The head of the U.S. Conference of Catholic Bishops this week said he is praying for President Biden and looks forward to working with the new administration but remains concerned that the new president supports policies that “advance moral evils.”
José H. Gomez, archbishop of Los Angeles and the president of the U.S. Conference of Catholic Bishops (USCCB), made the comments in a statement the day Biden was inaugurated. Biden is America’s first Catholic president in nearly 60 years. John F. Kennedy was the only other Catholic president.
“I am praying that God grant him wisdom and courage to lead this great nation and that God help him to meet the tests of these times, to heal the wounds caused by this pandemic, to ease our intense political and cultural divisions, and to bring people together with renewed dedication to America’s founding purposes, to be one nation under God committed to liberty and equality for all,” Gomez said.
“... I look forward to working with President Biden and his administration, and the new Congress. As with every administration, there will be areas where we agree and work closely together and areas where we will have principled disagreement and strong opposition.”
Catholic bishops, Gomez said, “are not partisan players in our nation’s politics” but simply offer “principles” that “are rooted in the Gospel of Jesus Christ and the social teachings of his Church.”
“I must point out that our new President has pledged to pursue certain policies that would advance moral evils and threaten human life and dignity, most seriously in the areas of abortion, contraception, marriage, and gender,” Gomez said. “Of deep concern is the liberty of the Church and the freedom of believers to live according to their consciences.”
The bishops’ “commitments on issues of human sexuality and the family” are “guided by Christ’s great commandment to love and to stand in solidarity with our brothers and sisters, especially the most vulnerable,” Gomez wrote.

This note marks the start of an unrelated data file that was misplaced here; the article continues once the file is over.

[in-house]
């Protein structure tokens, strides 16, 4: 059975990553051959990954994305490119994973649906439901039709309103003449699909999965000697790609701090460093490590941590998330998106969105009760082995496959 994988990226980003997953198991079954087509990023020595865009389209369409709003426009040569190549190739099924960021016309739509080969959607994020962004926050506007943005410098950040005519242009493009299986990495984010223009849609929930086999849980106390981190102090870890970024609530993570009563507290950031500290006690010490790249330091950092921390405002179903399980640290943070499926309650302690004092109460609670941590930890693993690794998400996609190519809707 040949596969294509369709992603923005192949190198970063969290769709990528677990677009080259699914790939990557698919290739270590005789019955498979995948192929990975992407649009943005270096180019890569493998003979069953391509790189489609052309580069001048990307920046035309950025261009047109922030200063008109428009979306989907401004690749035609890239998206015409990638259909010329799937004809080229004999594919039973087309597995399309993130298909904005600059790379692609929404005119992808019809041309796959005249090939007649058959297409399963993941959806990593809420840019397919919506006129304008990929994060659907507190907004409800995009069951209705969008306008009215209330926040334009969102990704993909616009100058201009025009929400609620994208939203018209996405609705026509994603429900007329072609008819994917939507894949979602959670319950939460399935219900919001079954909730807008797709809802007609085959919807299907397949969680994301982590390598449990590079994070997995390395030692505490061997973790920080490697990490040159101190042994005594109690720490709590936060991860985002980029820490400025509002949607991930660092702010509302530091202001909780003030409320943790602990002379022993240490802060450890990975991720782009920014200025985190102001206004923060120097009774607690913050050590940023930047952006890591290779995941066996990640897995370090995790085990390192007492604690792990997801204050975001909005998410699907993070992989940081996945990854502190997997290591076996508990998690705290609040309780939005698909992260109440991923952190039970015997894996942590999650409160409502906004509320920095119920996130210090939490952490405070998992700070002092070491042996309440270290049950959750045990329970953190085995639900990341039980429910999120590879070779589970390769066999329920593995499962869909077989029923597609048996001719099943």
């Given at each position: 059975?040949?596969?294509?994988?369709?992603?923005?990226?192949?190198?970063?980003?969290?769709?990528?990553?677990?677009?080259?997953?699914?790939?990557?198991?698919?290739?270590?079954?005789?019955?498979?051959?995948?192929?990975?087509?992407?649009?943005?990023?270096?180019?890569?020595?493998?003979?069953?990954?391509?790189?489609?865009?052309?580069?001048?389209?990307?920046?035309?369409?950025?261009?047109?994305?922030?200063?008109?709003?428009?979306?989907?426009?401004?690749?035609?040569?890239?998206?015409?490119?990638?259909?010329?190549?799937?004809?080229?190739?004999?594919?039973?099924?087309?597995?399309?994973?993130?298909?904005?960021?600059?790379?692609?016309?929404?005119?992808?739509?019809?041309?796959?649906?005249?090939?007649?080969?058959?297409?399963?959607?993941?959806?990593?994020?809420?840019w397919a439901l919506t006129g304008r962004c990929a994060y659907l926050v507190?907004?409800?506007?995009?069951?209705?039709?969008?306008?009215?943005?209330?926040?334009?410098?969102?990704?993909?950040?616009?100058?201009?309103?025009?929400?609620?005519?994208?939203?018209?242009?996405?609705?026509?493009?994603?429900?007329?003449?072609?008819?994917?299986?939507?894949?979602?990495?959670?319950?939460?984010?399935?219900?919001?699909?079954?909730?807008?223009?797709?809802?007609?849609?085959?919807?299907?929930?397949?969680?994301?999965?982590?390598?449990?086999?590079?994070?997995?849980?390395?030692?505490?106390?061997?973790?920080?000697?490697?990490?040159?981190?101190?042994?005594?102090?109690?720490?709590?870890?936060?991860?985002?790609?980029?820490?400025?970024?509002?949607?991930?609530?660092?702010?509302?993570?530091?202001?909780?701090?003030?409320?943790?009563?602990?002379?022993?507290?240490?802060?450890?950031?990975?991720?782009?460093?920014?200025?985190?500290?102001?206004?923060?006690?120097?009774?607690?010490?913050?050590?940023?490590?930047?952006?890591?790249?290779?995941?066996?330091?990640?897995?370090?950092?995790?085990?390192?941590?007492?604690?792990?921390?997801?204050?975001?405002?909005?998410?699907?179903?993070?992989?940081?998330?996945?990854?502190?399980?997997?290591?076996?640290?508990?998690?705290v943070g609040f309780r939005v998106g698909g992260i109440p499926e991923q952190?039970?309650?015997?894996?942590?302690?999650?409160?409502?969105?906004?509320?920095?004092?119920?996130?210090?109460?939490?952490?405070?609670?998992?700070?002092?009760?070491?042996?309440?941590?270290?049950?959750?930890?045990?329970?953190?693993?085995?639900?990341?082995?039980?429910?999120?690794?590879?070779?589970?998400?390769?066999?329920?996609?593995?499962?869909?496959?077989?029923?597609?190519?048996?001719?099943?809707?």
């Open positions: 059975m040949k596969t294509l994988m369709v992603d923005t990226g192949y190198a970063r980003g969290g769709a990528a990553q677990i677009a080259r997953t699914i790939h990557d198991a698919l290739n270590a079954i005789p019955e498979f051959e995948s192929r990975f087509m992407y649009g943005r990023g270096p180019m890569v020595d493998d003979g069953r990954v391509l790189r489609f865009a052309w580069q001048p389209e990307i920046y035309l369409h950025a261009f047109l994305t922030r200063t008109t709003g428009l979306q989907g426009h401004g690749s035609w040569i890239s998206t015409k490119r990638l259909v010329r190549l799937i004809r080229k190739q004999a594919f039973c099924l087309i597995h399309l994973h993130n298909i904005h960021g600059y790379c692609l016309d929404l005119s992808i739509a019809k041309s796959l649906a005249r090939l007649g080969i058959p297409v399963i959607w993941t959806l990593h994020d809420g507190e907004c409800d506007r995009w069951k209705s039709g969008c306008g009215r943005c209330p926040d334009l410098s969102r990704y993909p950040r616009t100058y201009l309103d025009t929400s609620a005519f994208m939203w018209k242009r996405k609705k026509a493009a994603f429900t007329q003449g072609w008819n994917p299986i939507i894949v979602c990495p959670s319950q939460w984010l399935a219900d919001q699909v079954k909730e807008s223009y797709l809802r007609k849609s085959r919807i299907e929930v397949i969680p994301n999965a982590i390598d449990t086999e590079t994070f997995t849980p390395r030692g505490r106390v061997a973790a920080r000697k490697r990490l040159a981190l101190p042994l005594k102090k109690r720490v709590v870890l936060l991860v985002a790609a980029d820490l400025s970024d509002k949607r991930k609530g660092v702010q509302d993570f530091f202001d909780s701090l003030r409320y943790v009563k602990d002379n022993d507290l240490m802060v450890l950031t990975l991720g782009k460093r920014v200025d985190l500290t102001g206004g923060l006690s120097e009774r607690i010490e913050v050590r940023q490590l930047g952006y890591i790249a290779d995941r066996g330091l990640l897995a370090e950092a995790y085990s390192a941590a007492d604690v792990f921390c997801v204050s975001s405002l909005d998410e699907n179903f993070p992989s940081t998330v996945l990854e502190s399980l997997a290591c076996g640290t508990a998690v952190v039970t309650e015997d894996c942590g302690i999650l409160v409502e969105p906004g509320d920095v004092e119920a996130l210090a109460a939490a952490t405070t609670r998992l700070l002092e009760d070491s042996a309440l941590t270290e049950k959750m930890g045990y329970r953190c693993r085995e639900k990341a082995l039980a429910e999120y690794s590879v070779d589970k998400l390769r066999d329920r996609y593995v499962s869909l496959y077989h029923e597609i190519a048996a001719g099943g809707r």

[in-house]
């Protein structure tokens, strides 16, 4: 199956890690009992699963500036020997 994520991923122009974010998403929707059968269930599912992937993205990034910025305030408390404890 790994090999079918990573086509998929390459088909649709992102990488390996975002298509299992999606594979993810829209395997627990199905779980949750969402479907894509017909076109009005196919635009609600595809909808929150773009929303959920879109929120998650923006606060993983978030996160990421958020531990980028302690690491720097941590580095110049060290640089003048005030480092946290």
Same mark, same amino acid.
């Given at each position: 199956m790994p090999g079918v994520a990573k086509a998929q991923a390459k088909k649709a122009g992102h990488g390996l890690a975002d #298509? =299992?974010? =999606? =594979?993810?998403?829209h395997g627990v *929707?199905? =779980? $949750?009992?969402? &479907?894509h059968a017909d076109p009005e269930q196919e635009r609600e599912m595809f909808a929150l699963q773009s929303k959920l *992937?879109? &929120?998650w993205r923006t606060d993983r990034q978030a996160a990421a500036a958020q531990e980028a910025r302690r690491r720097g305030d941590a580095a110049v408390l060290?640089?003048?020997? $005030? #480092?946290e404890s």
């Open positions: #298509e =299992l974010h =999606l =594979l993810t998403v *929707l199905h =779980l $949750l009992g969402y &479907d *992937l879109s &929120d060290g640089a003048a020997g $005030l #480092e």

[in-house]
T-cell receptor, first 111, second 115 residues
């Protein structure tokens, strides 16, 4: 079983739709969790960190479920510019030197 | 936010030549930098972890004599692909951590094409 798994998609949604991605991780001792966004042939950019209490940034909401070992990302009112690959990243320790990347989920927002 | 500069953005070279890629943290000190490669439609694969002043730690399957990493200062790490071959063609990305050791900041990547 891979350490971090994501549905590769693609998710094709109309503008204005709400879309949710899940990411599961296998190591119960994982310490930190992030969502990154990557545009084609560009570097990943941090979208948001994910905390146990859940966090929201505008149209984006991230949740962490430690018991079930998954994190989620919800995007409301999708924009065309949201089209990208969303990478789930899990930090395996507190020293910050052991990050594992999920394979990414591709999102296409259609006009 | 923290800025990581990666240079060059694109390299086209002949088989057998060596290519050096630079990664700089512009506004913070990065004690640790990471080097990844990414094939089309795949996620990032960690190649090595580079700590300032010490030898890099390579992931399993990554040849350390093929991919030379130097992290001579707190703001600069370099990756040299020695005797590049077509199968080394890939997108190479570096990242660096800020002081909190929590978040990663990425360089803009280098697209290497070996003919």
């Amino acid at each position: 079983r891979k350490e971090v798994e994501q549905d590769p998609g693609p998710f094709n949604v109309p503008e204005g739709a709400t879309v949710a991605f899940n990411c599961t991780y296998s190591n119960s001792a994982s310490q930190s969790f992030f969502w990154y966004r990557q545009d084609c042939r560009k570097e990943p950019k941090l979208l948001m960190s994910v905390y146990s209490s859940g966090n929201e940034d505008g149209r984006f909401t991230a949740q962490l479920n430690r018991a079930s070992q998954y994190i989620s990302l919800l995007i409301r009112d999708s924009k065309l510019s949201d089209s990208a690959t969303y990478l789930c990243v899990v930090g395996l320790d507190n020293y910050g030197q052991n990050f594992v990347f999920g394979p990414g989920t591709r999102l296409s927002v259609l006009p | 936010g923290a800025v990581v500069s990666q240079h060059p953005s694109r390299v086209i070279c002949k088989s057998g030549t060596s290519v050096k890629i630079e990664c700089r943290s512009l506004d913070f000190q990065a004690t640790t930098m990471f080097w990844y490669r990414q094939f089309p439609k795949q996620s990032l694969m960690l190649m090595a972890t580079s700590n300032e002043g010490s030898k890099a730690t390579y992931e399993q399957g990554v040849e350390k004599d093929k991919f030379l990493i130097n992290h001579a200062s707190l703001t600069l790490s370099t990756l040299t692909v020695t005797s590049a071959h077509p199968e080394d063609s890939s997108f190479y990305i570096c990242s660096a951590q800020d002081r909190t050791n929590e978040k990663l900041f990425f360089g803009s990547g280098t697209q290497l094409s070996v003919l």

“For the nation’s bishops, the continued injustice of abortion remains the ‘preeminent priority.’ Preeminent does not mean ‘only.’ We have deep concerns about many threats to human life and dignity in our society,” Gomez wrote. “But as Pope Francis teaches, we cannot stay silent when nearly a million unborn lives are being cast aside in our country year after year through abortion.
Abortion, Gomez wrote, is a “direct attack on life that also wounds the woman and undermines the family.”
“It is not only a private matter, it raises troubling and fundamental questions of fraternity, solidarity, and inclusion in the human community. It is also a matter of social justice,” he wrote. “We cannot ignore the reality that abortion rates are much higher among the poor and minorities, and that the procedure is regularly used to eliminate children who would be born with disabilities.”
Gomez said he hopes Biden won’t further expand abortion but instead “begin a dialogue” with the bishops and the pro-life community “to address the complicated cultural and economic factors that are driving abortion and discouraging families.”
“We are all under the watchful eye of God, who alone knows and can judge the intentions of our hearts,” Gomez wrote. “I pray that God will give our new President, and all of us, the grace to seek the common good with all sincerity.”
Photo courtesy: ©Getty Images/Photoboyko
Michael Foust has covered the intersection of faith and news for 20 years. His stories have appeared in Baptist Press, Christianity Today, The Christian Post, the Leaf-Chronicle, the Toronto Star and the Knoxville News-Sentinel.